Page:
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|November 26, 1999||
I couldn't have made Karan Arjun or Koyla with newcomers'
Tall, bald and still charming -- actor-turned-director Rakesh Roshan fits this description to a T. With several mega films behind him (Khoon Bhari Maang, Karan Arjun, Koyla), Roshan is now busy with Kaho Na...Pyaar Hai which marks the debut of his son, Hrithik.
Even as the promos for the film are on air, Roshan is busy putting the finishing touches to the film which is slated for a January 13 release.
Even as the promos for the film are on air, Roshan is busy putting the finishing touches to the film which is slated for a January 13 release.Mrudula Rajadhyaksha met him while he was working on the background score of the film at a suburban studio in Bombay.
What is Kaho Na... all about, besides being the launch pad for your son?
It's a romantic film with a suspense element. It is not a love story where the families are involved -- they come in much later. This romantic thriller has been shot on a virgin location. I went location hunting to Greece, Italy, the Fiji Islands and other places before finally settling down for Crabi in Thailand. We shot for 30 days there.
As for Hrithik, this film is not designed to launch him. I thought of the subject first and then of him. The primary focus here is the story, and not Hrithik. Actually, after Koyla, I was working on a script again with Shahrukh in mind. The script was almost ready, but I was not convinced with the last part of the story and so, finally gave up the subject.
Then I had this thin storyline which I narrated to my writers and they all thought that this subject needed newcomers. It was only after consulting everyone that I seriously considered taking Hrithik. I asked him if he would do the film. He, of course, was extremely excited about it.
So you insist this is not a launch pad for your son...
He is in the film, so in a way, it's his film. But I am very clear about what I am making. My subject comes first, then the girl and the boy. I am not making Hrithik do stunts like fall off horses or jump from the 13th floor and so on, to give him a certain image. He does everything that the story demands. In fact, it's a heroine-oriented film -- the girl has an equally strong role, may be a little stronger than the hero. If Hrithik has, say 80 scenes in the film, Amisha (Patel) has 85. So I wouldn't say that I am presenting him as the complete hero. He has rather been shown as a simple guy.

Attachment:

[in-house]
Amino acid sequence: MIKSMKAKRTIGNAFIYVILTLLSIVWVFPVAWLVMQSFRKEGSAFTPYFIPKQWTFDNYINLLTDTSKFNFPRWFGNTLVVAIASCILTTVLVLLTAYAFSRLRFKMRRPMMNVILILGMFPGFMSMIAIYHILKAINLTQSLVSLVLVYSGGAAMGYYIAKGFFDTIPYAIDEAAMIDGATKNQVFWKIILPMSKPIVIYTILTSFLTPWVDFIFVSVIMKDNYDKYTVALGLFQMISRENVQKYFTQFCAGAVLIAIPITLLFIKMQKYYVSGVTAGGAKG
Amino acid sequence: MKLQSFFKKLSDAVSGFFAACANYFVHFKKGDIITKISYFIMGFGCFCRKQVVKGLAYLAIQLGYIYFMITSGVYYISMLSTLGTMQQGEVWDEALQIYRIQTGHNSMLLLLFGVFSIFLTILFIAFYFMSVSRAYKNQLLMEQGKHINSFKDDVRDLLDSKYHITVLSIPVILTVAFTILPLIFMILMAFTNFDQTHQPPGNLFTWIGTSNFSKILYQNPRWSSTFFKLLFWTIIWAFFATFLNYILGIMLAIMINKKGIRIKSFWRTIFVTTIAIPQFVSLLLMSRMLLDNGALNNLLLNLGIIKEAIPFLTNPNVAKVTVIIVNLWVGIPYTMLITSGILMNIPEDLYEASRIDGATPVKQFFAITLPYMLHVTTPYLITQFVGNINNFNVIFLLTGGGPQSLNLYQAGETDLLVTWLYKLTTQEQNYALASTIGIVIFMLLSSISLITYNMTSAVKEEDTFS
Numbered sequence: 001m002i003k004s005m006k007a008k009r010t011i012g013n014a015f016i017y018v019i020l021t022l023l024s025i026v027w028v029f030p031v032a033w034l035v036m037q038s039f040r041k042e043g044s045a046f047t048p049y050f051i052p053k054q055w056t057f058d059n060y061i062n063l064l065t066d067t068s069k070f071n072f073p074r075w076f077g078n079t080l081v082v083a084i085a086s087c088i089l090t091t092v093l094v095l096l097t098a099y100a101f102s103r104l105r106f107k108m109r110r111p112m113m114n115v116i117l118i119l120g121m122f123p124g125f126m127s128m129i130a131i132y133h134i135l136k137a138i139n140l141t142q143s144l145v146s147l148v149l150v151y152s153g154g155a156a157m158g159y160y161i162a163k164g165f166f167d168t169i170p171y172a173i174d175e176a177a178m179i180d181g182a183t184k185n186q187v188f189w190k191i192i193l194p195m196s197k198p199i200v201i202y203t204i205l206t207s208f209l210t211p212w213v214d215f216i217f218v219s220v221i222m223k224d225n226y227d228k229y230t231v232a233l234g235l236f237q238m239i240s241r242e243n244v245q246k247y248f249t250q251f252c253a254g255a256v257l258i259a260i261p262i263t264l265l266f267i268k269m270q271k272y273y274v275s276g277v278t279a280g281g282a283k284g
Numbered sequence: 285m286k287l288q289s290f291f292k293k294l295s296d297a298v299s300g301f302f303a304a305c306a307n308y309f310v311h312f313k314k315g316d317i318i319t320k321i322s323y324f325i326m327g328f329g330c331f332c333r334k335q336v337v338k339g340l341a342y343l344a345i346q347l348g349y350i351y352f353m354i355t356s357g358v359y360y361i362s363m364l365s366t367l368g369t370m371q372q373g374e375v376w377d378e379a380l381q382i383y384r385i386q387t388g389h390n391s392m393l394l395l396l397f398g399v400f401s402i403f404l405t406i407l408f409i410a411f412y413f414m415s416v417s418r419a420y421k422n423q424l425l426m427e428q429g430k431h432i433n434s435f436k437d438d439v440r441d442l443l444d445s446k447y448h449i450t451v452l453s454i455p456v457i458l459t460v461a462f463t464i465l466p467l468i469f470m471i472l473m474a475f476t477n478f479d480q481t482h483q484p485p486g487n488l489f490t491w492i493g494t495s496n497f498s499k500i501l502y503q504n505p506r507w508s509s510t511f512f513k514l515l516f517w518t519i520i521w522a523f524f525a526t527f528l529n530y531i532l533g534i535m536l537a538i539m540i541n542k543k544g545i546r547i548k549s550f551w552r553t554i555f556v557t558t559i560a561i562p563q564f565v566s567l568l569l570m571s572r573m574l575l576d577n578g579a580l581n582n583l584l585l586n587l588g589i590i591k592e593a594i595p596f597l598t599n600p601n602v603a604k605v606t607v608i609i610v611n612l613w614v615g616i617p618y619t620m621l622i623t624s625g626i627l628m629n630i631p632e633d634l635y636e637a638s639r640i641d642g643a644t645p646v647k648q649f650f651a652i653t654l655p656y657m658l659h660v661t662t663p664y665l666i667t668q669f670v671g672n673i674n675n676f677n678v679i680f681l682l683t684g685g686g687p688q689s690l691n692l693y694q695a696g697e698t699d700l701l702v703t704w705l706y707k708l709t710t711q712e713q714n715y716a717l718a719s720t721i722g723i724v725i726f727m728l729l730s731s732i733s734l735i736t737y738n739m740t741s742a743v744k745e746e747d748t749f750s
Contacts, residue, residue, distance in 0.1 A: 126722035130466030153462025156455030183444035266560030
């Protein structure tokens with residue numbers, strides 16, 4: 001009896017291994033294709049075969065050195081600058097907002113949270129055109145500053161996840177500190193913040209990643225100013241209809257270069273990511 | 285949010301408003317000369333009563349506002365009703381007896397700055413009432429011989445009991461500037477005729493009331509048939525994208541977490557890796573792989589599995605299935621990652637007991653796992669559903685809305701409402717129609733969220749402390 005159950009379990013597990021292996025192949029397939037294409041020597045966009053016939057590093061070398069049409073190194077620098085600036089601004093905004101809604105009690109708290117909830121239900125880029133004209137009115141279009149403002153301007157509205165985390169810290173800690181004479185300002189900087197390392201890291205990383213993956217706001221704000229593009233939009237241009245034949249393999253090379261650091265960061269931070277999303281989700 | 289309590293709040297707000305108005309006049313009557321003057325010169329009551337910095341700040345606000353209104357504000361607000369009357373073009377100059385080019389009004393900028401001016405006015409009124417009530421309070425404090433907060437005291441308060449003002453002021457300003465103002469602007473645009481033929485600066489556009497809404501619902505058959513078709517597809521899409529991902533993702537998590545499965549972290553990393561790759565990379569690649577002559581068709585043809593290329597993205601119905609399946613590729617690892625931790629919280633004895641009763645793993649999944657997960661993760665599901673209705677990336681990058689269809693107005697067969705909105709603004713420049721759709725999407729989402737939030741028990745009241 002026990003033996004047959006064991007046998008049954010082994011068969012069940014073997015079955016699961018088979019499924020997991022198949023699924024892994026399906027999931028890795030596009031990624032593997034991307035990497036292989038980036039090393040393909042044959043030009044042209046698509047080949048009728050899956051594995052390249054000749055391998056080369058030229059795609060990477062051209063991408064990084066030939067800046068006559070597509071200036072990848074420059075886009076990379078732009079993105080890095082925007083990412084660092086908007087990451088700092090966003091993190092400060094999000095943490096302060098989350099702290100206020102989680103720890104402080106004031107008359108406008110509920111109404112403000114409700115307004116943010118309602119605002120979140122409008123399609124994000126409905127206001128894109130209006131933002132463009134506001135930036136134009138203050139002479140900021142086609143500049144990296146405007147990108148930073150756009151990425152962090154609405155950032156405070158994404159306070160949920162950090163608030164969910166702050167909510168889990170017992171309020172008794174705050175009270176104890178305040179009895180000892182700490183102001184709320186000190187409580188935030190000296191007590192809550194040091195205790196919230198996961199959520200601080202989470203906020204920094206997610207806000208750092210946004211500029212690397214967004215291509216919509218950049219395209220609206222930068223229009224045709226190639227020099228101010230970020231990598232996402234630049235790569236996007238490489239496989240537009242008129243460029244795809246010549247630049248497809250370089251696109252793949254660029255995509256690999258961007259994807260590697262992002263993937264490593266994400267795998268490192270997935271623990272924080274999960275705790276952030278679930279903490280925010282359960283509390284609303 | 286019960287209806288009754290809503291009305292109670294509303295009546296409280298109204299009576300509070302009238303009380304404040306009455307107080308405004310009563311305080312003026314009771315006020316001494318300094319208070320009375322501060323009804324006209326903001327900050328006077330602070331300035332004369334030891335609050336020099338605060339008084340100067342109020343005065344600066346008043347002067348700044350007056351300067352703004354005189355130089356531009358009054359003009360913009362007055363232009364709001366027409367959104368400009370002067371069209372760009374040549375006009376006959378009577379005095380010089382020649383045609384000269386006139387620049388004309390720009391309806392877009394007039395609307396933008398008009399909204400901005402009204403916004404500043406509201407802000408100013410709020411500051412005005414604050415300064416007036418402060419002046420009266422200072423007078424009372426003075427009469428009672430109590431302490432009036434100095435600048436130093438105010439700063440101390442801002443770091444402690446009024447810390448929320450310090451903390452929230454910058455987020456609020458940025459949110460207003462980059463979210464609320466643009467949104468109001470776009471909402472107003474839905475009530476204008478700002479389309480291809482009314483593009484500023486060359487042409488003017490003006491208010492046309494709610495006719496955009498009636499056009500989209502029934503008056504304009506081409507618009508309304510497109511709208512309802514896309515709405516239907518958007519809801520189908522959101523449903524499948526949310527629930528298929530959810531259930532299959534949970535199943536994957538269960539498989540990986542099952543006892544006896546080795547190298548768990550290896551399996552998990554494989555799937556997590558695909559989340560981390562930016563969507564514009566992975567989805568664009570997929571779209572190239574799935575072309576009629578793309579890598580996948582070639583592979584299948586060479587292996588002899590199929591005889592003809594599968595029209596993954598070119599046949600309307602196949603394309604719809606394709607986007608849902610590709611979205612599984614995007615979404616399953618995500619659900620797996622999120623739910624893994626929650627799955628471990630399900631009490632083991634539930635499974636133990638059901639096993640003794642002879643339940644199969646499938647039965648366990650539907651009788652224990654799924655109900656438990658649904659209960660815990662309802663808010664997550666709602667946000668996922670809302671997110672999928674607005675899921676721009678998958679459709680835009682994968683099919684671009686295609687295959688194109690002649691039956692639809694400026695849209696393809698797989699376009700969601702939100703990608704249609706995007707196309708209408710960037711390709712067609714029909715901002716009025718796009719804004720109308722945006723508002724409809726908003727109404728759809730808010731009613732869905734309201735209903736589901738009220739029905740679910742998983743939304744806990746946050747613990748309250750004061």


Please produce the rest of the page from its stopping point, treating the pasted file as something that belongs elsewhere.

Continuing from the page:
Does that mean that you never thought of launching your son like most star-fathers?
No, it's not that. But I did not think I would do it so soon. I wanted him to be at least 24-25. I think 21-22 is too young an age to become a hero. I started at that age, but it is of no use in the long run. You look good in your first film because you are fresh. But then you end up playing silly roles in the next few films till some meaningful film comes your way. Better to start little late.
Did Hrithik always want to become a hero?
Yes, he told me so later, but he was never sure about me launching him! So when I told him the first time he was really excited and surprised. Though acting looks easy and glamorous, it involves a lot of hard work and training. Youngsters from all over the country come to Bombay to become heroes, not realising how tough it really is. I am glad Hrithik has prepared himself well.
How did you select Amisha?
She is my friend's daughter. Her father and I have studied in the same boarding school. I have known her since she was a kid. Once I saw her dancing at a party and told her father to let me know if she was interested in films. He called me up after a year, saying that she is back from the US and that she would be interested in films. But by then I had already finalised my heroine. Then there was a problem and had to replace my heroine. That was how I got Amisha in the film.
How does it feel to work with newcomers considering that you have always worked with big stars?